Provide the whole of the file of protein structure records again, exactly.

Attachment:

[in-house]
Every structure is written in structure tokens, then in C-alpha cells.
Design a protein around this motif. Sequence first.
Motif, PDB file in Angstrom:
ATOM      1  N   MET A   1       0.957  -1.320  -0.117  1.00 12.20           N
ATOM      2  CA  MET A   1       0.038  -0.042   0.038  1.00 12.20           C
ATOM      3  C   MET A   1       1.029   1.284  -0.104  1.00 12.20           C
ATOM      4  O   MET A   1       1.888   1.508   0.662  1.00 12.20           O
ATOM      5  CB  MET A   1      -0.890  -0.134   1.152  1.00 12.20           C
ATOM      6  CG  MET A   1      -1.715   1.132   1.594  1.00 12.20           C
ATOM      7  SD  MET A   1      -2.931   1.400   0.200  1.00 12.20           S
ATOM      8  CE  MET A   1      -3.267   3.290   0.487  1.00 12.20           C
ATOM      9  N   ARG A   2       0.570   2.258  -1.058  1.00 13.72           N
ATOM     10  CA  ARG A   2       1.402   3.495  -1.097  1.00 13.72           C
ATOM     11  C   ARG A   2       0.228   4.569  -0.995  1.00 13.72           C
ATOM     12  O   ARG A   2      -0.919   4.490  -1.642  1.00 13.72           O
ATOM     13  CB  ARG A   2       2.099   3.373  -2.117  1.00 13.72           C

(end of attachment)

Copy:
[in-house]
Every structure is written in structure tokens, then in C-alpha cells.
Design a protein around this motif. Sequence first.
Motif, PDB file in Angstrom:
ATOM      1  N   MET A   1       0.957  -1.320  -0.117  1.00 12.20           N
ATOM      2  CA  MET A   1       0.038  -0.042   0.038  1.00 12.20           C
ATOM      3  C   MET A   1       1.029   1.284  -0.104  1.00 12.20           C
ATOM      4  O   MET A   1       1.888   1.508   0.662  1.00 12.20           O
ATOM      5  CB  MET A   1      -0.890  -0.134   1.152  1.00 12.20           C
ATOM      6  CG  MET A   1      -1.715   1.132   1.594  1.00 12.20           C
ATOM      7  SD  MET A   1      -2.931   1.400   0.200  1.00 12.20           S
ATOM      8  CE  MET A   1      -3.267   3.290   0.487  1.00 12.20           C
ATOM      9  N   ARG A   2       0.570   2.258  -1.058  1.00 13.72           N
ATOM     10  CA  ARG A   2       1.402   3.495  -1.097  1.00 13.72           C
ATOM     11  C   ARG A   2       0.228   4.569  -0.995  1.00 13.72           C
ATOM     12  O   ARG A   2      -0.919   4.490  -1.642  1.00 13.72           O
ATOM     13  CB  ARG A   2       2.099   3.373  -2.117  1.00 13.72           C